Only those who will risk going too far can possibly find out how far they can go.
– T. S. Elliot
Is it wrong that this reminds me of a lesson learned in a comic book? The heroine spends 4 issues worried about going too far and hurting people. It wasn’t until she let loose at the end that she realizes that she had control all along.
Yes, I also realized I haven’t been adding haiku every day. Some days, the quote is just to short for me to put it into longer form. I’ll figure something out.
So this is one of the many lessons that I know with my head but not with my heart. I know it, but I feel it strongly enough to practice it. It’s silly and irrational, I know.
I like to be grounded. I like to be safe and secure. I know it means passing up on certain things. I know it means missing certain opportunities. I try not to have regrets.
There is a meme going around that asks if you would rather go back to when you were six years old with all your present knowledge or be given $10 million.
I’ll take the cash please and here’s why.
First, I don’t remember enough dates to really take advantage of it. Sure I could probably set myself up better off knowing to invest in Microsoft and Apple, especially when Apple was below $10 in the 90’s. But I don’t know if I could capitalize on all the biggest booms without messing things up.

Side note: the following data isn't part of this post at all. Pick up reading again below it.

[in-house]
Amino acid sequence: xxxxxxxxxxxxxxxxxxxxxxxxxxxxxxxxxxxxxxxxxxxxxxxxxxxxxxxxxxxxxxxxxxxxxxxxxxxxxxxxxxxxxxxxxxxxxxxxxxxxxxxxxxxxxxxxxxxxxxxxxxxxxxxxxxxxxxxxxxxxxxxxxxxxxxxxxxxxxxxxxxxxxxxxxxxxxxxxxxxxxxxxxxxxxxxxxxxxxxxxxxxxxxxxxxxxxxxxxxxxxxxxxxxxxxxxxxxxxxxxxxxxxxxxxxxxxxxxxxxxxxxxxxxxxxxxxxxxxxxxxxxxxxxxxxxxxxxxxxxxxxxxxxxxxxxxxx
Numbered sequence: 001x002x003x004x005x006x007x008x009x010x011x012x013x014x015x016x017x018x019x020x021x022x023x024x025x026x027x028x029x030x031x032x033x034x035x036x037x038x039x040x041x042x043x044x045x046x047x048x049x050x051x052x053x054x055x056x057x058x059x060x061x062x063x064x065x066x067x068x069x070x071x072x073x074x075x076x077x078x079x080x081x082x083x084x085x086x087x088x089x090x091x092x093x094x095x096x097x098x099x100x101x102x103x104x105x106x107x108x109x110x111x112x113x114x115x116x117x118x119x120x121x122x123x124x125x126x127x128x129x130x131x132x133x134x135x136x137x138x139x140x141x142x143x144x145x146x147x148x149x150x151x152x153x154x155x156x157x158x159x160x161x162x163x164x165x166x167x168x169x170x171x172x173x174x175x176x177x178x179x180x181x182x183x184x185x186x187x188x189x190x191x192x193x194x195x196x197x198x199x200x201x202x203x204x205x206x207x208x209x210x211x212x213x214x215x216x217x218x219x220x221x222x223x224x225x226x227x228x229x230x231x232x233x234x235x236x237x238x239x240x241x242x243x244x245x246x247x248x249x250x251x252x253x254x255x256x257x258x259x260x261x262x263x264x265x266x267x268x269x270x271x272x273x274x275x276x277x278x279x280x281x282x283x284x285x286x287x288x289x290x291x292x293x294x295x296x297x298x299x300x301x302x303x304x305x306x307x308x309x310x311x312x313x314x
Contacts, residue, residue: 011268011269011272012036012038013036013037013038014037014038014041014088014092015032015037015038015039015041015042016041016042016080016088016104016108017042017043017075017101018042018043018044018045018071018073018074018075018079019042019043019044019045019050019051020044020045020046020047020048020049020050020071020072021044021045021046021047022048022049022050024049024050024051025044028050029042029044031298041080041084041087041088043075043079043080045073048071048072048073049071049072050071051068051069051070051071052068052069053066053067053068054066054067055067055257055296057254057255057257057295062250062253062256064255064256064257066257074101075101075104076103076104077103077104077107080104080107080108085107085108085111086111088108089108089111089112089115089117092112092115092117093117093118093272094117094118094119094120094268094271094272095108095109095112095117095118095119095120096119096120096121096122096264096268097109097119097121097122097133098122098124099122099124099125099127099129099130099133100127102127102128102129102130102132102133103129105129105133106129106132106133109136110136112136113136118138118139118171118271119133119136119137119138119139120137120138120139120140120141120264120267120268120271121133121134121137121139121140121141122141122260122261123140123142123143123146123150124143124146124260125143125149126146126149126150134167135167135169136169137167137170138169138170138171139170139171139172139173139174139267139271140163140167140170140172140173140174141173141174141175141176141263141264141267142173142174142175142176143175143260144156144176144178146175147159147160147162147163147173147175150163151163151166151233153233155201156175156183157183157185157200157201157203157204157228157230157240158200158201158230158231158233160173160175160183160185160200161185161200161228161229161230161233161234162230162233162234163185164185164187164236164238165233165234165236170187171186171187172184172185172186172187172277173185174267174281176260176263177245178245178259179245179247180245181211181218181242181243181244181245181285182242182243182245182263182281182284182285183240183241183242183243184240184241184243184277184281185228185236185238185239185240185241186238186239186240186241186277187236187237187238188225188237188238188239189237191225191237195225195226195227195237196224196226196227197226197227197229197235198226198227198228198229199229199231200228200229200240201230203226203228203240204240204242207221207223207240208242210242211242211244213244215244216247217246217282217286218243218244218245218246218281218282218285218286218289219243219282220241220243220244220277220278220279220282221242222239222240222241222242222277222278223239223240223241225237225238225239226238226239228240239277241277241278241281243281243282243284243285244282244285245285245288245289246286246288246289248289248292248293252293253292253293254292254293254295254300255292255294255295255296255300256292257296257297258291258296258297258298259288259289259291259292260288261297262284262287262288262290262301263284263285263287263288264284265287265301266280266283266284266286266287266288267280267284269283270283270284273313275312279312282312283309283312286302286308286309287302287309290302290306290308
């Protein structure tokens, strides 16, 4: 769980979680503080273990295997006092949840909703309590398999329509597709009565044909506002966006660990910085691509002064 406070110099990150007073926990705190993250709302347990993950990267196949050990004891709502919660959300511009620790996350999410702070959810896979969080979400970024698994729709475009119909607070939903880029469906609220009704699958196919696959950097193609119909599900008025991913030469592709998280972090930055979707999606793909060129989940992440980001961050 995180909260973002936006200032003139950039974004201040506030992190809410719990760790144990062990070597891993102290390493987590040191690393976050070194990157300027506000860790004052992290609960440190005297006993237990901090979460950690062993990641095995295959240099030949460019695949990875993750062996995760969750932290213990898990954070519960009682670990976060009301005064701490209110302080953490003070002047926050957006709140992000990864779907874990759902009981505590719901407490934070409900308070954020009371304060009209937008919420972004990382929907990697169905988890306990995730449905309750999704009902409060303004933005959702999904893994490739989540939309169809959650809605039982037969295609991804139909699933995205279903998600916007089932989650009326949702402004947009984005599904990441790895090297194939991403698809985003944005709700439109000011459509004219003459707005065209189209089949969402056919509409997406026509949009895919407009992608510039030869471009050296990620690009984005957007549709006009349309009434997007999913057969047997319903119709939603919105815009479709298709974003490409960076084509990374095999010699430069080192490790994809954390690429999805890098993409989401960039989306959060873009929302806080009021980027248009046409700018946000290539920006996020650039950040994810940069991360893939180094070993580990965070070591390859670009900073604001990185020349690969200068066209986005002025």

Which is my second point, for any of my historical knowledge to be valuable, I couldn’t do anything to change the future. In fact, I could make things worse.
For example, a friend with this same question said he would go in and become friends with Mark Zuckerberg before he founded Facebook. But what if that friendship disrupts the group dynamic early enough and Facebook is never founded?
Tiny changes or big changes could have drastically different results and not always for the better. What if you stop the 1993 bombing of the World Trade Center and that turns up the time table and causes 9/11 two years earlier?
So I would be afraid of any actions that might make things worse. I would be constantly calculating and overthinking possibility after possibility. If I went back to age 6 with all my current knowledge, I would be committed to a mental institution by age 7.
So again, I’ll take the cash please.
Again, taking the safe road that I know where it leads rather than risking for something better out of fear it will be worse.